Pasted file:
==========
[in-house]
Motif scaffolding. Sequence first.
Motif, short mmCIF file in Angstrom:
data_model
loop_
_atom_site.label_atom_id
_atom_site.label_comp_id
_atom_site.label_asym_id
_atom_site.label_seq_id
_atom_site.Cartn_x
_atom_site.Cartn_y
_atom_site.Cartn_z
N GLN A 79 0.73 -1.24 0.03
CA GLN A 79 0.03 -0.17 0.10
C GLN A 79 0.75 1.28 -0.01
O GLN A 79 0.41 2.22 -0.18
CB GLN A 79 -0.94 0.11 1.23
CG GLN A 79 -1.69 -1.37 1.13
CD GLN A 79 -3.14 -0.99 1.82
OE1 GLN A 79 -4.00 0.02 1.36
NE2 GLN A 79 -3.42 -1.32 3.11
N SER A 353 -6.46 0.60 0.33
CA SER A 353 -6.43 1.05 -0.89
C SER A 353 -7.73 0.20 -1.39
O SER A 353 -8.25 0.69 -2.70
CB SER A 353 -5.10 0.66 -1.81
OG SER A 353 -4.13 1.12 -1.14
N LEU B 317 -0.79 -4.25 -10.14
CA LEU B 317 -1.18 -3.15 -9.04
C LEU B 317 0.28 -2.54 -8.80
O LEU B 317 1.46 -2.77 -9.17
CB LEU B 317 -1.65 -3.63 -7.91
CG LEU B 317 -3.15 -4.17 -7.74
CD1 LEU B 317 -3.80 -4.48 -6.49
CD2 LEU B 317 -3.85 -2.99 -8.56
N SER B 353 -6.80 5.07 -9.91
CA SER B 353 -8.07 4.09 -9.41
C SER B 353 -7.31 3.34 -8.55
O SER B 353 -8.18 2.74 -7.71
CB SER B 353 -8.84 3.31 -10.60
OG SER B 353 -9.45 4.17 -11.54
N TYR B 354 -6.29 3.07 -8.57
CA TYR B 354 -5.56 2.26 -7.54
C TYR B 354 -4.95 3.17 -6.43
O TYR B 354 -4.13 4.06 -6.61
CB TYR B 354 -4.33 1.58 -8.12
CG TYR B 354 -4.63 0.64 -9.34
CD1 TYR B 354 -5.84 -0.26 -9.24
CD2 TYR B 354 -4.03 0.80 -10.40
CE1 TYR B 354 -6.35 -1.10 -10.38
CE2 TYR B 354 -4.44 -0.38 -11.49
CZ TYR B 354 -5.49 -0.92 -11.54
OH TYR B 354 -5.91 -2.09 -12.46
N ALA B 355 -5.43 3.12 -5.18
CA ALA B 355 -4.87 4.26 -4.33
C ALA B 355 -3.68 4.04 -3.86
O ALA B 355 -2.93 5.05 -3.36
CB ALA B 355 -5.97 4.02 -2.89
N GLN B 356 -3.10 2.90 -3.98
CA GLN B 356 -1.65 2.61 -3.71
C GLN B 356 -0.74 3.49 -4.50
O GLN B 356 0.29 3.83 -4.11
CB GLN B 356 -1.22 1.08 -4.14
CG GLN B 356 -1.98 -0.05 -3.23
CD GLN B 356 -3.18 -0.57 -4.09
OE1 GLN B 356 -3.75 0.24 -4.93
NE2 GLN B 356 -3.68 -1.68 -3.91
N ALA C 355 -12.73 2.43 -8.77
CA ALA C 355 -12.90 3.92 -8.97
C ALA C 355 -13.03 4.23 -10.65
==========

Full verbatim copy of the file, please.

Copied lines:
[in-house]
Motif scaffolding. Sequence first.
Motif, short mmCIF file in Angstrom:
data_model
loop_
_atom_site.label_atom_id
_atom_site.label_comp_id
_atom_site.label_asym_id
_atom_site.label_seq_id
_atom_site.Cartn_x
_atom_site.Cartn_y
_atom_site.Cartn_z
N GLN A 79 0.73 -1.24 0.03
CA GLN A 79 0.03 -0.17 0.10
C GLN A 79 0.75 1.28 -0.01
O GLN A 79 0.41 2.22 -0.18
CB GLN A 79 -0.94 0.11 1.23
CG GLN A 79 -1.69 -1.37 1.13
CD GLN A 79 -3.14 -0.99 1.82
OE1 GLN A 79 -4.00 0.02 1.36
NE2 GLN A 79 -3.42 -1.32 3.11
N SER A 353 -6.46 0.60 0.33
CA SER A 353 -6.43 1.05 -0.89
C SER A 353 -7.73 0.20 -1.39
O SER A 353 -8.25 0.69 -2.70
CB SER A 353 -5.10 0.66 -1.81
OG SER A 353 -4.13 1.12 -1.14
N LEU B 317 -0.79 -4.25 -10.14
CA LEU B 317 -1.18 -3.15 -9.04
C LEU B 317 0.28 -2.54 -8.80
O LEU B 317 1.46 -2.77 -9.17
CB LEU B 317 -1.65 -3.63 -7.91
CG LEU B 317 -3.15 -4.17 -7.74
CD1 LEU B 317 -3.80 -4.48 -6.49
CD2 LEU B 317 -3.85 -2.99 -8.56
N SER B 353 -6.80 5.07 -9.91
CA SER B 353 -8.07 4.09 -9.41
C SER B 353 -7.31 3.34 -8.55
O SER B 353 -8.18 2.74 -7.71
CB SER B 353 -8.84 3.31 -10.60
OG SER B 353 -9.45 4.17 -11.54
N TYR B 354 -6.29 3.07 -8.57
CA TYR B 354 -5.56 2.26 -7.54
C TYR B 354 -4.95 3.17 -6.43
O TYR B 354 -4.13 4.06 -6.61
CB TYR B 354 -4.33 1.58 -8.12
CG TYR B 354 -4.63 0.64 -9.34
CD1 TYR B 354 -5.84 -0.26 -9.24
CD2 TYR B 354 -4.03 0.80 -10.40
CE1 TYR B 354 -6.35 -1.10 -10.38
CE2 TYR B 354 -4.44 -0.38 -11.49
CZ TYR B 354 -5.49 -0.92 -11.54
OH TYR B 354 -5.91 -2.09 -12.46
N ALA B 355 -5.43 3.12 -5.18
CA ALA B 355 -4.87 4.26 -4.33
C ALA B 355 -3.68 4.04 -3.86
O ALA B 355 -2.93 5.05 -3.36
CB ALA B 355 -5.97 4.02 -2.89
N GLN B 356 -3.10 2.90 -3.98
CA GLN B 356 -1.65 2.61 -3.71
C GLN B 356 -0.74 3.49 -4.50
O GLN B 356 0.29 3.83 -4.11
CB GLN B 356 -1.22 1.08 -4.14
CG GLN B 356 -1.98 -0.05 -3.23
CD GLN B 356 -3.18 -0.57 -4.09
OE1 GLN B 356 -3.75 0.24 -4.93
NE2 GLN B 356 -3.68 -1.68 -3.91
N ALA C 355 -12.73 2.43 -8.77
CA ALA C 355 -12.90 3.92 -8.97
C ALA C 355 -13.03 4.23 -10.65